Before the season began Adrian Boothroyd was asked by the Watford board where he saw himself come this month. "On an open-top bus," came his reply. Well, that heady moment has arrived. One of the most extraordinary, unexpected, unpredicted promotions in recent memory was completed here yesterday when Watford defeated Leeds United to arrive in the Premiership for the first time since 1999. A £40m holy grail, a promised land of wild riches and even wilder hopes and dreams, has been reached. It is richly deserved too. The Hornets are buzzing.
The scale of Boothroyd's achievement is hard to over-estimate. This is a club who finished just two points above relegation last season, who cleared out much of their squad and who had a manager about whom most people asked, "Adrian who?" Now they know.
Boothroyd has just completed his first season in charge. Anywhere. He is no cheeky chappy and - perhaps - no one-term wonder. Fans joke that the Bradford-born manager is the northern Mourinho. Why not? Even Jose would be impressed by this one and Boothroyd, still only 35, shows the same ruthless singularity as the Special One. They will, amazingly, meet soon enough.
It was a game steeped with stories. Jay DeMerit scored the first goal. An engaging 26-year-old from Chicago he was, until recently, playing college football in America and started last year a reject on trial in non-league football. Then there is his defensive partner Malky Mackay, the veteran who has earned three promotions to the Premiership but has yet to play there. West Ham and Norwich City jettisoned the Scot before he had a chance. "He's staying," Boothroyd promised.
And there is Boothroyd himself. For eight months he was No 3 - not even deputy - to Leeds' manager, Kevin Blackwell, before being plucked by Watford, while his own playing career was ended, 10 years ago, when Shaun Derry broke his leg in a tackle. Derry was a loser yesterday, conceding the penalty for Watford's third goal but also coming closest for his side with a header which struck the post and, before that, a shot inside the first 10 minutes which billowed the side-netting.
The depth of Leeds' disappointment is hard to gauge. They have plunged far further than this, with relegation and financial implosion, but to have come so close after dragging themselves back from the brink will be hard to stomach. They will take heart from the travails of others who have been this far before, only to come again.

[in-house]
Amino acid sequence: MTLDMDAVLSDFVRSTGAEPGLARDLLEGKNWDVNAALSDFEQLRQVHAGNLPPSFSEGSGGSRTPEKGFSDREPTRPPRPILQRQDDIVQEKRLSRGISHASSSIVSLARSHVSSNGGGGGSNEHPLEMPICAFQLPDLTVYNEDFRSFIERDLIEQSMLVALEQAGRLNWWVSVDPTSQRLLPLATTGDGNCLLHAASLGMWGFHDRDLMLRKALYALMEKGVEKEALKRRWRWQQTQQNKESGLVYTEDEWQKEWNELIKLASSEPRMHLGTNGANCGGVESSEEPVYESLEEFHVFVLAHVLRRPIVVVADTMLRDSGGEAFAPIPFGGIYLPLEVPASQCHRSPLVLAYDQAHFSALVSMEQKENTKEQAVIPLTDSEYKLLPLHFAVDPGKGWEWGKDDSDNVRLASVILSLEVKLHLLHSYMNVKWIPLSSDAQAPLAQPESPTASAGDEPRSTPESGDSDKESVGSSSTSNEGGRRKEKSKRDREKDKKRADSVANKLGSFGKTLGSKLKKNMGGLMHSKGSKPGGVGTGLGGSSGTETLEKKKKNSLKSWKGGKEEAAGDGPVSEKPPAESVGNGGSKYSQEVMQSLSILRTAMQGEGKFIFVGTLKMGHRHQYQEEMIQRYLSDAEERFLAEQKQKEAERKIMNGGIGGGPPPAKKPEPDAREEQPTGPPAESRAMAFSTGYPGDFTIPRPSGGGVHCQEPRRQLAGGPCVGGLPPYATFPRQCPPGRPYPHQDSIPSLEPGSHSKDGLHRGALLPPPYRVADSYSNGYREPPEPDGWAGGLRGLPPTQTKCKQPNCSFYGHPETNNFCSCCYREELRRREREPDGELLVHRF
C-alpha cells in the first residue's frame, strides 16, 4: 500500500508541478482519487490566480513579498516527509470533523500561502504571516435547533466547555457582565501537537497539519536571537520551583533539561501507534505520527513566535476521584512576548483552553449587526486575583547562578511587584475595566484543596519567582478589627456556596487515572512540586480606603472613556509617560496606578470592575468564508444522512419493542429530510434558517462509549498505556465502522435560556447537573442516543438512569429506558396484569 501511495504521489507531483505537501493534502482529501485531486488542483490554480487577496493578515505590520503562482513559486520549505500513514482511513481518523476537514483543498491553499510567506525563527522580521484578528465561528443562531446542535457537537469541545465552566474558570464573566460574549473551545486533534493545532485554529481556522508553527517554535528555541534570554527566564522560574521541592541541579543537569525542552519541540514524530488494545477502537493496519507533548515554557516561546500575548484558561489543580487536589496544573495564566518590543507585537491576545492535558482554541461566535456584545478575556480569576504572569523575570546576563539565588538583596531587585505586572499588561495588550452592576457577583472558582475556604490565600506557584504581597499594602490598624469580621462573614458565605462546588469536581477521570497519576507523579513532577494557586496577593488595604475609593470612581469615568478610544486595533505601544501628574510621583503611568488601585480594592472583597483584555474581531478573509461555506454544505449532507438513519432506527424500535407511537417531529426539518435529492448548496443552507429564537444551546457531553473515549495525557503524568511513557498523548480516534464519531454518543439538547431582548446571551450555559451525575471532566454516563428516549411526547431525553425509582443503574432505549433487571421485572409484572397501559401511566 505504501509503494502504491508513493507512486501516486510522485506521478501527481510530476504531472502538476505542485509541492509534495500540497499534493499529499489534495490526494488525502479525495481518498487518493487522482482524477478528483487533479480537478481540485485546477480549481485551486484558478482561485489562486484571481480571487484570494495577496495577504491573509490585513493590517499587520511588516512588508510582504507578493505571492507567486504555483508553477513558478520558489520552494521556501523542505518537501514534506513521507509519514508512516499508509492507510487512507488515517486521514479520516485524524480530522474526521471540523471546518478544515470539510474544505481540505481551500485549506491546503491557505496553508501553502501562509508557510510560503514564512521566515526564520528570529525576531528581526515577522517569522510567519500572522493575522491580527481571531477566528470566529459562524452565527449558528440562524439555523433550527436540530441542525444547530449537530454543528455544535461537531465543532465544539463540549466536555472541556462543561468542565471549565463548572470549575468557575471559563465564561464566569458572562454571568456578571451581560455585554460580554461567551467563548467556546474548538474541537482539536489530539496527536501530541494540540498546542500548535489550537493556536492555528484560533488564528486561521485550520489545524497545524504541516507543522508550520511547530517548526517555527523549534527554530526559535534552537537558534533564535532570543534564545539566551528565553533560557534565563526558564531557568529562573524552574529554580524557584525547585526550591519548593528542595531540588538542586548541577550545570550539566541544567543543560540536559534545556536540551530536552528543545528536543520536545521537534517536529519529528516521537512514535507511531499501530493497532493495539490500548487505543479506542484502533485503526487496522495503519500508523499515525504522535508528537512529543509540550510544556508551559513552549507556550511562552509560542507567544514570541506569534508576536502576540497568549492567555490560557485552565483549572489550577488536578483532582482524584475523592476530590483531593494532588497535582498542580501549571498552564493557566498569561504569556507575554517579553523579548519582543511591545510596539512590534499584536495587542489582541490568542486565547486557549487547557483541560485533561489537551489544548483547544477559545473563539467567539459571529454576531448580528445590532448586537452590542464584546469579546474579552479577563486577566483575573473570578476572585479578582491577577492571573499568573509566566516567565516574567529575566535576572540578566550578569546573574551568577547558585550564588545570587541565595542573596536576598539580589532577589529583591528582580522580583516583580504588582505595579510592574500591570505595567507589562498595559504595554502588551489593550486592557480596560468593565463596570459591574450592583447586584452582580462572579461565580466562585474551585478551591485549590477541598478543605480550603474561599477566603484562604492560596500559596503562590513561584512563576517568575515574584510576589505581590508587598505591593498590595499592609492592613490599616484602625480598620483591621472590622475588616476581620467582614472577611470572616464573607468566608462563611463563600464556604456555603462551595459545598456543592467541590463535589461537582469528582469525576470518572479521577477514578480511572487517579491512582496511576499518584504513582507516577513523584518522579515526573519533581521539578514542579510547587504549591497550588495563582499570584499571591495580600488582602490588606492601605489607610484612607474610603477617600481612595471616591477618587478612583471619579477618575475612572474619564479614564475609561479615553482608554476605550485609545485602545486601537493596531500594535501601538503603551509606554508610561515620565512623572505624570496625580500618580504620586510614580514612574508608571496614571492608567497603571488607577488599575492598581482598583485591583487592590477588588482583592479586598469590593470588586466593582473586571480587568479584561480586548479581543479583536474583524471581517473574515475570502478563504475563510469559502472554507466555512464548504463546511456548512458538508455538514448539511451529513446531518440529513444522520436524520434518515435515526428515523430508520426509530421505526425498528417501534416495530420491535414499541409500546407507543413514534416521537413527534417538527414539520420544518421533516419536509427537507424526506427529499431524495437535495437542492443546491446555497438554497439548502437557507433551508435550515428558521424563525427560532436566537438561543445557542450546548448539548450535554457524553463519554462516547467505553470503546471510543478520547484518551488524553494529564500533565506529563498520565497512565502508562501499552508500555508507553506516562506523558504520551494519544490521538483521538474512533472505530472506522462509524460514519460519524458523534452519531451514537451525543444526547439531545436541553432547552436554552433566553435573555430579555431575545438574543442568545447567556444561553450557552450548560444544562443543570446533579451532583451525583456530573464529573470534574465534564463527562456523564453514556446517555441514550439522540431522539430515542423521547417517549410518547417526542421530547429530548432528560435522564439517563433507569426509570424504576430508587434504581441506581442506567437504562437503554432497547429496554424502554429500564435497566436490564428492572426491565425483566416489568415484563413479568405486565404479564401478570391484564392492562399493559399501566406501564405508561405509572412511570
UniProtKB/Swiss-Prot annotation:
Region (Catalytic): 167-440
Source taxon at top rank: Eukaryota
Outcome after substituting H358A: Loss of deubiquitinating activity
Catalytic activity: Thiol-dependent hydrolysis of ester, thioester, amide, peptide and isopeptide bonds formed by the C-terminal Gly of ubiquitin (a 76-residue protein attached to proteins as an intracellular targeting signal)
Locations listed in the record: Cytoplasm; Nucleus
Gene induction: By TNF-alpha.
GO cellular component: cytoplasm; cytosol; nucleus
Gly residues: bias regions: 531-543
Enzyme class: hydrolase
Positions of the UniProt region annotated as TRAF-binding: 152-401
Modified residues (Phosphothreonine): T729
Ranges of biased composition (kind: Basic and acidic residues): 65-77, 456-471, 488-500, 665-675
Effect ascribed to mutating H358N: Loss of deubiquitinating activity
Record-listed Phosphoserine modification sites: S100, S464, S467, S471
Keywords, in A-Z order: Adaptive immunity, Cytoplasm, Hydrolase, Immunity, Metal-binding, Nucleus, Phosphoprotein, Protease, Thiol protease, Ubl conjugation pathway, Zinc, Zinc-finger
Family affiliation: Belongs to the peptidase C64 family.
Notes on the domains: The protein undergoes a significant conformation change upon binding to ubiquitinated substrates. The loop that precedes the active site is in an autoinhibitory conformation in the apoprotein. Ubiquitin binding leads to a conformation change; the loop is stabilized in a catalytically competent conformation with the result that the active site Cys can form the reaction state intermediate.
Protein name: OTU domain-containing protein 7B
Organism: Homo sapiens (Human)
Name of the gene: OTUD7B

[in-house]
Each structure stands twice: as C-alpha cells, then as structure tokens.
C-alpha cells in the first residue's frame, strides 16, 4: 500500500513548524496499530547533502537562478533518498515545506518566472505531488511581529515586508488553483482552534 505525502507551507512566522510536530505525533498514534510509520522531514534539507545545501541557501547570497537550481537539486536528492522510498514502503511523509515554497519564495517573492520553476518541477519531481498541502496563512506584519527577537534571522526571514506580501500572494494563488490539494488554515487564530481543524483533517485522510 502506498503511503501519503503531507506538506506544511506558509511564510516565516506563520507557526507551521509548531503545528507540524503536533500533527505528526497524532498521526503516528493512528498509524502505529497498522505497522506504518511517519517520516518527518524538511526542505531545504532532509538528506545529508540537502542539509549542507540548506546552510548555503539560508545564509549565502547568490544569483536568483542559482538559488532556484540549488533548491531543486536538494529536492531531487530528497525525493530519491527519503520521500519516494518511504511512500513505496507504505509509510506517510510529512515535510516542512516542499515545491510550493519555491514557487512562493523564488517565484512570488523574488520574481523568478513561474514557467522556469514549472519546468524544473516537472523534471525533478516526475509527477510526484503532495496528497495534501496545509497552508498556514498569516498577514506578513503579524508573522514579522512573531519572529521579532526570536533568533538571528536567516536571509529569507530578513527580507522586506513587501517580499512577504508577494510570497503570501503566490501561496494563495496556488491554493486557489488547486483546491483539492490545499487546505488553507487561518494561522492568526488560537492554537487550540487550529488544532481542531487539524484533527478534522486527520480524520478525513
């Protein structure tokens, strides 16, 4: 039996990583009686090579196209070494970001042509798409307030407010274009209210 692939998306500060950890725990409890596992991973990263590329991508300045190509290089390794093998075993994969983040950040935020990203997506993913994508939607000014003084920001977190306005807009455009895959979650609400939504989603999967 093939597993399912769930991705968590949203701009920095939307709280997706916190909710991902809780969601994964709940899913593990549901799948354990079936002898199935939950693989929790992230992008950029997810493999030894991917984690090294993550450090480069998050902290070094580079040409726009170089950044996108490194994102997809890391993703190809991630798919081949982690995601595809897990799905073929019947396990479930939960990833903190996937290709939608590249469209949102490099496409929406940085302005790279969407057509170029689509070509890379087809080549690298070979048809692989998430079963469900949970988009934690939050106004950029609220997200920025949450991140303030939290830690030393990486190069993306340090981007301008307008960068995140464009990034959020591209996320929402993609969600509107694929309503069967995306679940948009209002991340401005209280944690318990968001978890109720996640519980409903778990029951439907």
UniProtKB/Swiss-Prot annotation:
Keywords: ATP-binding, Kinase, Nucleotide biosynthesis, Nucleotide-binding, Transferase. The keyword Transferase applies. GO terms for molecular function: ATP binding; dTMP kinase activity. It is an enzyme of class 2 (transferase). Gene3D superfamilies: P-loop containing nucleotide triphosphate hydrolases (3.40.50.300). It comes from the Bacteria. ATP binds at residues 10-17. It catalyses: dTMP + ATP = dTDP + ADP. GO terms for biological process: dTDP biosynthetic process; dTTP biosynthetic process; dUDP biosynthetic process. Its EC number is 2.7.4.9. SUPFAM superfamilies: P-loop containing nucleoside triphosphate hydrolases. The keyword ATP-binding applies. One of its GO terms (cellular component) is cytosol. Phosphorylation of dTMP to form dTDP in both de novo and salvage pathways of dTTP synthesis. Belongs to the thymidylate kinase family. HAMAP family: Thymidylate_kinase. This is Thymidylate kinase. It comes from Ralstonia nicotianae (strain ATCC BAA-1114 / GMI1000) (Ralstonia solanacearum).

But although the debts have been vastly reduced, the parachute payments have now also gone. The club's chairman, Ken Bates, will ponder hard. He tried to rally the players later but, before that, sitting 10 rows in front of Bates in the royal box, was Leeds' former chief executive Peter Ridsdale, now of Cardiff City. He tried to live the dream, but the nightmare continues.
For Leeds the weight of expectation was simply too heavy. They were slow to emerge and barely threatened. In the showpiece they were let down by the set piece. Watford, far more raw and direct and far quicker, pushed them back and pressed hard when they won a throw-in, always taken by Gavin Mahon, or a free-kick or corner at the feet of the precociously exciting Ashley Young.
Boothroyd sensed a weakness at the heart of Leeds' defence, where Sean Gregan floundered and Paul Butler looked the half-fit player he is, and probed it mercilessly by making them turn. A warning came inside two minutes when Butler, desperately, headed over his own crossbar under pressure from the brooding aggression of Darius Henderson. It went unheeded.
On 25 minutes there was another corner and another Watford player flung himself at it. This time DeMerit's header thumped into the net. His marker, Rob Hulse, stood rooted with his head in his hands.
There was some hope for Leeds in the obvious nerves of Watford's young goalkeeper Ben Foster, on loan from Manchester United, who struggled to clear his lines. But it was Neil Sullivan for Leeds who suffered, tipping over from Henderson's rising drive but then being beaten again as his defence failed to clear another of Mahon's throw-ins.
The ball fell to James Chambers, who made space before striking a shot which spun off Eddie Lewis, struck a post and appeared to be bouncing out. It hit Sullivan on the back and trickled into the net for an own goal.
Leeds, finally, threatened. But it was more manic than measured and as Blackwell threw on striker after striker they were caught out. A rapid break released the tireless Marlon King and he cut back across Derry, who caught him. Henderson's penalty was low and true and the contest was over.
For Watford, and for Boothroyd, the open-top bus is booked for the town centre tomorrow. Where this journey eventually ends no one knows. They will be favourites for relegation but, as Boothroyd pointed out, they were last August also.
Leeds United (4-5-1): Sullivan; Kelly, Gregan (Bakke, 85), Butler, Kilgallon; Richardson (Blake, h-t), Miller (Healy, 62), Derry, Douglas, Lewis; Hulse. Substitutes not used: Bennett (gk), Stone.
Watford (4-4-2): Foster; Doyley, Mackay, DeMerit, Stewart; Chambers (Bangura, 73) Spring, Mahon, Young; Henderson, King. Substitutes not used: Chamberlain (gk), Eagles, Bouazza, Mariappa.
Referee: M Dean (Wirral)
Booked: Leeds United Gregan, Miller, Derry; Watford Spring, Doyley.
Man of the match: DeMerit.Reuse content